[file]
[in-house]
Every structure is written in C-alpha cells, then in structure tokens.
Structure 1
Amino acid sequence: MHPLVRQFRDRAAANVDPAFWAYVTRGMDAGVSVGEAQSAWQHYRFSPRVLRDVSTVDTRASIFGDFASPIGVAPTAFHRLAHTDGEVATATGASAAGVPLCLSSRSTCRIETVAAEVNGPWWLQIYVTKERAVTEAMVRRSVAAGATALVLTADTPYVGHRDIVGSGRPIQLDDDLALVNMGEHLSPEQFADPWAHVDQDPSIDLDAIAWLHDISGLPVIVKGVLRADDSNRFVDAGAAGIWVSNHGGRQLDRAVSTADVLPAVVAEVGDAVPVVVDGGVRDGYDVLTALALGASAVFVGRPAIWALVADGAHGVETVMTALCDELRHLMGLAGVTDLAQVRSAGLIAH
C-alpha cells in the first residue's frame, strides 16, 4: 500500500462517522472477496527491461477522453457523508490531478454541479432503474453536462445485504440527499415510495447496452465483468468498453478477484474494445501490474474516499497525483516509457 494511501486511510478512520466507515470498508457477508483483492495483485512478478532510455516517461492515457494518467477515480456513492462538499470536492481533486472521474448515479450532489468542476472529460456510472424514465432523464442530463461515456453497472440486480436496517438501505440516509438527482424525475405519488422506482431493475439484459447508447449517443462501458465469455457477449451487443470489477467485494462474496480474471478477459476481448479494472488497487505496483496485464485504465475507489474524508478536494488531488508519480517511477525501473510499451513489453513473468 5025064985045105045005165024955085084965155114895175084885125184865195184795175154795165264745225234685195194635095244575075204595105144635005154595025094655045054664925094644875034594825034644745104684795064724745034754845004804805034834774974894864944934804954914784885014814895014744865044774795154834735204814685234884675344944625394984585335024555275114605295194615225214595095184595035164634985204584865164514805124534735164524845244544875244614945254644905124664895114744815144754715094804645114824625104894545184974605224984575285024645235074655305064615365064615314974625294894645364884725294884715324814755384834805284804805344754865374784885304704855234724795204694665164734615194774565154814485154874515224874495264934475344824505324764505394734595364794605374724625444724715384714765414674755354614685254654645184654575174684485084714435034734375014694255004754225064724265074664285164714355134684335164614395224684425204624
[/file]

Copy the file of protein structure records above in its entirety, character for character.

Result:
[in-house]
Every structure is written in C-alpha cells, then in structure tokens.
Structure 1
Amino acid sequence: MHPLVRQFRDRAAANVDPAFWAYVTRGMDAGVSVGEAQSAWQHYRFSPRVLRDVSTVDTRASIFGDFASPIGVAPTAFHRLAHTDGEVATATGASAAGVPLCLSSRSTCRIETVAAEVNGPWWLQIYVTKERAVTEAMVRRSVAAGATALVLTADTPYVGHRDIVGSGRPIQLDDDLALVNMGEHLSPEQFADPWAHVDQDPSIDLDAIAWLHDISGLPVIVKGVLRADDSNRFVDAGAAGIWVSNHGGRQLDRAVSTADVLPAVVAEVGDAVPVVVDGGVRDGYDVLTALALGASAVFVGRPAIWALVADGAHGVETVMTALCDELRHLMGLAGVTDLAQVRSAGLIAH
C-alpha cells in the first residue's frame, strides 16, 4: 500500500462517522472477496527491461477522453457523508490531478454541479432503474453536462445485504440527499415510495447496452465483468468498453478477484474494445501490474474516499497525483516509457 494511501486511510478512520466507515470498508457477508483483492495483485512478478532510455516517461492515457494518467477515480456513492462538499470536492481533486472521474448515479450532489468542476472529460456510472424514465432523464442530463461515456453497472440486480436496517438501505440516509438527482424525475405519488422506482431493475439484459447508447449517443462501458465469455457477449451487443470489477467485494462474496480474471478477459476481448479494472488497487505496483496485464485504465475507489474524508478536494488531488508519480517511477525501473510499451513489453513473468 5025064985045105045005165024955085084965155114895175084885125184865195184795175154795165264745225234685195194635095244575075204595105144635005154595025094655045054664925094644875034594825034644745104684795064724745034754845004804805034834774974894864944934804954914784885014814895014744865044774795154834735204814685234884675344944625394984585335024555275114605295194615225214595095184595035164634985204584865164514805124534735164524845244544875244614945254644905124664895114744815144754715094804645114824625104894545184974605224984575285024645235074655305064615365064615314974625294894645364884725294884715324814755384834805284804805344754865374784885304704855234724795204694665164734615194774565154814485154874515224874495264934475344824505324764505394734595364794605374724625444724715384714765414674755354614685254654645184654575174684485084714435034734375014694255004754225064724265074664285164714355134684335164614395224684425204624